Quaking and PTB control overlapping splicing regulatory networks during muscle cell differentiation.
Alternative splicing is a critical step in proper gene expression. Muscle cell differentiation is accompanied by a complex change in alternative splicing patterns, but a complete set of muscle-specific alternative splicing regulators and the way they control each other are unknown. Genomic studies in our laboratory and others found that the RNA sequence “ACUAA” is present near alternative exons such as exon 9 in Capzb (a gene encoding an important muscle protein) that are regulated in muscle. Mass spectrometry of muscle precursor cell (myoblast) proteins that bound to Capzb exon 9 intron RNA identifies Quaking (QK), a protein known to bind the ACUAA RNA sequence. We find that QK regulates the alternative splicing of Capzb exon 9 in opposition to another splicing factor called polypyrimidine tract-binding protein (PTB) which controls more than a thousand exons in muscle cells. Genomic studies show that QK controls at least 406 cassette exons through their nearby ACUAA. Combined analysis of the PTB- and QK-splicing regulatory networks during muscle cell differentiation (myogenesis) suggests that 39% of all exons regulated in developing muscle cells are under the control of one or both of these splicing factors. This work provides the first evidence that QK is a global regulator of splicing during muscle development in vertebrates and shows how overlapping splicing regulatory networks contribute to gene expression programs during differentiation. Furthermore, enumeration of the regulators of gene expression in differentiating muscle will be necessary to understand muscle development and regeneration.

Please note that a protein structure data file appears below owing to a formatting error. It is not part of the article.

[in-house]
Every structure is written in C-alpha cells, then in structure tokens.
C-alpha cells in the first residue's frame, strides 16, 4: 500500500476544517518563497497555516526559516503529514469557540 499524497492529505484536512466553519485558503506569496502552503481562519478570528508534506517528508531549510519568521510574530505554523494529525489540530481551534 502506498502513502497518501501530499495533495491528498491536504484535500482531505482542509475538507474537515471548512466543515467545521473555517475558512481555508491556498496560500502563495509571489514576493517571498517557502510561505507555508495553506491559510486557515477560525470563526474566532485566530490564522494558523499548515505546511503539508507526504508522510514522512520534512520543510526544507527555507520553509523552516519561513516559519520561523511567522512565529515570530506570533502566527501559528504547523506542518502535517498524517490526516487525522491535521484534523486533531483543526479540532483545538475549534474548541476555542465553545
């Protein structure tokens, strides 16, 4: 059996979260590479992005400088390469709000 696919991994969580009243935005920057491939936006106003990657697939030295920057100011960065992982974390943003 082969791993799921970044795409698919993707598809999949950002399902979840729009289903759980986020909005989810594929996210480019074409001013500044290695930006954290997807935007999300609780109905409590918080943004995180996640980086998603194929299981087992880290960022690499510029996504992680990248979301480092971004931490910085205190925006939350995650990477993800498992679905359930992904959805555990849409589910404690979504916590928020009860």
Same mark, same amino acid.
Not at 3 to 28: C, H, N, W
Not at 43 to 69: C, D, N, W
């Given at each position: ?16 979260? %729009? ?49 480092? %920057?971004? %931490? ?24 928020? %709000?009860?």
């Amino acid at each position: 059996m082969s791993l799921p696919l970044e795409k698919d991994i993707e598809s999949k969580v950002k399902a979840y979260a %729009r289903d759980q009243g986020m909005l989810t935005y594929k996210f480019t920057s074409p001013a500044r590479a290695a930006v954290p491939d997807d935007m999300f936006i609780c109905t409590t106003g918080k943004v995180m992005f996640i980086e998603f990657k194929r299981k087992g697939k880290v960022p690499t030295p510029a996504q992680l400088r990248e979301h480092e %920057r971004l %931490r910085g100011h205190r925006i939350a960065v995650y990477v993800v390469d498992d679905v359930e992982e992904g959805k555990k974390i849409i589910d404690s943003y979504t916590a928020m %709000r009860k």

Alternative splicing contributes to muscle development, but a complete set of muscle-splicing factors and their combinatorial interactions are unknown. Previous work identified ACUAA ("STAR" motif) as an enriched intron sequence near muscle-specific alternative exons such as Capzb exon 9. Mass spectrometry of myoblast proteins selected by the Capzb exon 9 intron via RNA affinity chromatography identifies Quaking (QK), a protein known to regulate mRNA function through ACUAA motifs in 3' UTRs. We find that QK promotes inclusion of Capzb exon 9 in opposition to repression by polypyrimidine tract-binding protein (PTB). QK depletion alters inclusion of 406 cassette exons whose adjacent intron sequences are also enriched in ACUAA motifs. During differentiation of myoblasts to myotubes, QK levels increase two- to threefold, suggesting a mechanism for QK-responsive exon regulation. Combined analysis of the PTB- and QK-splicing regulatory networks during myogenesis suggests that 39% of regulated exons are under the control of one or both of these splicing factors. This work provides the first evidence that QK is a global regulator of splicing during muscle development in vertebrates and shows how overlapping splicing regulatory networks contribute to gene expression programs during differentiation.